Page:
Many people think that if a person's religion will stand the crucible of death it must needs be a good one. Say they, "Give us a religion to die by"; which, as a test infallibly to try truth and falsehood in religion by, will not universally hold. I have been led to consider this by reading the triumphant and happy obituaries in the Methodist Magazine; and I am well persuaded that persons dying in the Methodistical denial of imputed righteousness and personal election, and in the blazing advocacy of duty faith, free will, and man's power, cannot be saved. The devil himself, as far as I can see, might as well go into heaven as such a person. Thus, "the vitals" of Methodism are a total disqualification for heaven. And are not the general Dissenters refined Arminians? Secondly, I have been led into a persuasion that a happy death (as it is nicknamed) is no sure manifestation of a person's going to heaven. And why? First, for this and other reasons, because the devil "has the power of death" by God's permission. (Heb. 2:14) And I believe that the father of lies, that old magician, uses death as his fearful subject to still further blind the eyes of those who believe not with the faith of God's elect. And when people can cant and say of any notorious opponent against the truth, "Ah! what a happy death such a one died," the true-born child of God says, "If he died happily, and truly happily, I am deceived altogether; for the very vitals of that man's (the happy dier's) religion and mine are totally contrary; so that his heaven cannot be my heaven; for there was no change in him before he died, and scripture assures me there is no change to be effected after death; so that I am wrong or he is wrong; and I have the internal witness, supernaturally felt, of God and of my own conscience, with that of holy Scripture, that I am right." Therefore, according to the measure distributed to me of God, I cut off all these diers-happy with their doctrinal and unrepented-of lies; for, as Huntington says, a saved man a repentance shall be as public as his villainies. Therefore, we must look to what a man was in his life (in doctrine and practice, experimentally) before we can draw any conclusion from his dying happy, as the term is. Again, thirdly, Does not Asaph say that the carnally and profanely wicked have no bands in their death? (Psa. 73:4) And will a dead professor of Christianity be better thus than the profane? Will not an empty profession rather strengthen the draught of opium administered by "him that has the power of death, that is, the devil?" Will not even the profane be eclipsed by the false light in the dead or false doctrinalist? Will not death be gilded to those who are "twice dead"? Will not, as I have said, the opium be the stronger? A double death in sin and false religion bears away the palm thus from even the profane. Hence the happy obituaries in the Methodist and other magazines.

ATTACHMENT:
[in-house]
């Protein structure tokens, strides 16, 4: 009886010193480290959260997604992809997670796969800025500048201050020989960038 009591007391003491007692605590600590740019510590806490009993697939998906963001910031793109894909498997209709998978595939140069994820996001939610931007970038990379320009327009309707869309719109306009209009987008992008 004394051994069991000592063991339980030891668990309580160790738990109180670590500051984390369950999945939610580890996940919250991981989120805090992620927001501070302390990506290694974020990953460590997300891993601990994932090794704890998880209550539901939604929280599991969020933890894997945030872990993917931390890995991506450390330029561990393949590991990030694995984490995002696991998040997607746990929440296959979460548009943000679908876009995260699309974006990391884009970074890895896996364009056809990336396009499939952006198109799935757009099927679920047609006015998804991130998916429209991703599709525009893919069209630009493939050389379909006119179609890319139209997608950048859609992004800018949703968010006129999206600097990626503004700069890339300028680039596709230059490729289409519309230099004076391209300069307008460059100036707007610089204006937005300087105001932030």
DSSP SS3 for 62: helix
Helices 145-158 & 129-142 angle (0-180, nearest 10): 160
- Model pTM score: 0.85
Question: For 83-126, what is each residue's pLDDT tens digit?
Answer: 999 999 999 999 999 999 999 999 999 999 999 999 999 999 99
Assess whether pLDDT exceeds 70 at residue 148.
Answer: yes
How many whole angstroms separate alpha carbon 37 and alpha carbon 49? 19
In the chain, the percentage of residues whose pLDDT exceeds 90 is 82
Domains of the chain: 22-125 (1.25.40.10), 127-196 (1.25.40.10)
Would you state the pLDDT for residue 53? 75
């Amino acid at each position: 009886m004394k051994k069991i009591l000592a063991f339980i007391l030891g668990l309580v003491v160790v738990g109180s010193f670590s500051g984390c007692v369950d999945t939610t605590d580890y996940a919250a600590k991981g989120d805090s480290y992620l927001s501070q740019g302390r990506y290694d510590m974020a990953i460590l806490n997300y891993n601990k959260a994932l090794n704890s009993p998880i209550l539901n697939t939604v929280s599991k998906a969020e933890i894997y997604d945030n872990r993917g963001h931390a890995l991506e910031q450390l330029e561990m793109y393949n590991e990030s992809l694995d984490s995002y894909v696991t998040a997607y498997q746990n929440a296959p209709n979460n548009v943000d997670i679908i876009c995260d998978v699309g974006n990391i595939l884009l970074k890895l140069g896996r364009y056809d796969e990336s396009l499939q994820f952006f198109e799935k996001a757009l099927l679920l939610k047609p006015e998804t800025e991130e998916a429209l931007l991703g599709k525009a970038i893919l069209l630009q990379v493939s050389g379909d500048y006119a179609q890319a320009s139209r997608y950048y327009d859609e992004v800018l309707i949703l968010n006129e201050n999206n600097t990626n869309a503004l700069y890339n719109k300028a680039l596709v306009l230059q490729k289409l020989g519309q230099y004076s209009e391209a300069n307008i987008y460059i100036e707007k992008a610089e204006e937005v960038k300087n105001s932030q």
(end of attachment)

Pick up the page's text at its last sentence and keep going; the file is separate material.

As for my part, I can only pronounce happiness in death to the perfect and upright. (Psa. 37:37) "Mark the perfect man, and behold the upright; for the end of that man is peace." A sensible union with God, thereby feeling our perfection; a supernatural religion; truth, and not lies; repentance for sin; the beauty-producing imputation of Christ's righteousness, internally and externally; the innocency-producing blood of Christ; these things felt; thus being the workmanship, husbandry, habitation, and building of God, "builded for an habitation of God through the Spirit" experiencedly in the soul; these are the things, more or less felt, by which alone I can allow of happiness truly in death to a man.
The devil lurks "in secret places", in the villages of undefended religion; he boweth down with his eyes to the ground; he croucheth; he humbleth himself. And why? To catch those who cannot pray with the spirit and with the understanding. He gets them in his net. He points them to the false crackle and blaze of a falsely happy death; and when he has lulled people, by God's permission, into the doubly deathful sleep of sin, and of a corpse-like dead religion, he then bows down, with his eye behind the bulrushes of bodily death, (soothed and inflamed with his infernal opium and "false light",) and thus he devours hundreds. Thus, many that sleep in the dust of this earthly religion shall awake to everlasting shame and contempt. And, as Paul says, "It is high time to awake out of the sleep of confusion. (Rom. 13:11)
Abingdon, IK (John Kay)
The Gospel Standard, 1841
Signs of the Times
Volume 150, No. 12 - December 1982